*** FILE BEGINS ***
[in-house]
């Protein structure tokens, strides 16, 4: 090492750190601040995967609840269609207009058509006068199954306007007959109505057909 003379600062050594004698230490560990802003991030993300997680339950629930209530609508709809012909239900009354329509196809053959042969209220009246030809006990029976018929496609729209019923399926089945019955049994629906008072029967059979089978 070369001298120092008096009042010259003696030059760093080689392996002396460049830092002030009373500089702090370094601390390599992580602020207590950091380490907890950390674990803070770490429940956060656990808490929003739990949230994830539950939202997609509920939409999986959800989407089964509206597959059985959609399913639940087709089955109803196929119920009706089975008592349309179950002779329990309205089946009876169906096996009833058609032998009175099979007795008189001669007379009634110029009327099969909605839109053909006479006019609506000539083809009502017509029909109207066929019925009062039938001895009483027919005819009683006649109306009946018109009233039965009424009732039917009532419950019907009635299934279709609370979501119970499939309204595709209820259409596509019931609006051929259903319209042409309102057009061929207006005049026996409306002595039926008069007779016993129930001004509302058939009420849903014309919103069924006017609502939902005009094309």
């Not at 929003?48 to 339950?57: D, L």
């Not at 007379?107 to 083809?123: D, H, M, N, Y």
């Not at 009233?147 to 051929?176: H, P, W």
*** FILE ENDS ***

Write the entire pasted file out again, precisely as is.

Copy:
[in-house]
């Protein structure tokens, strides 16, 4: 090492750190601040995967609840269609207009058509006068199954306007007959109505057909 003379600062050594004698230490560990802003991030993300997680339950629930209530609508709809012909239900009354329509196809053959042969209220009246030809006990029976018929496609729209019923399926089945019955049994629906008072029967059979089978 070369001298120092008096009042010259003696030059760093080689392996002396460049830092002030009373500089702090370094601390390599992580602020207590950091380490907890950390674990803070770490429940956060656990808490929003739990949230994830539950939202997609509920939409999986959800989407089964509206597959059985959609399913639940087709089955109803196929119920009706089975008592349309179950002779329990309205089946009876169906096996009833058609032998009175099979007795008189001669007379009634110029009327099969909605839109053909006479006019609506000539083809009502017509029909109207066929019925009062039938001895009483027919005819009683006649109306009946018109009233039965009424009732039917009532419950019907009635299934279709609370979501119970499939309204595709209820259409596509019931609006051929259903319209042409309102057009061929207006005049026996409306002595039926008069007779016993129930001004509302058939009420849903014309919103069924006017609502939902005009094309």
């Not at 929003?48 to 339950?57: D, L």
């Not at 007379?107 to 083809?123: D, H, M, N, Y």
């Not at 009233?147 to 051929?176: H, P, W």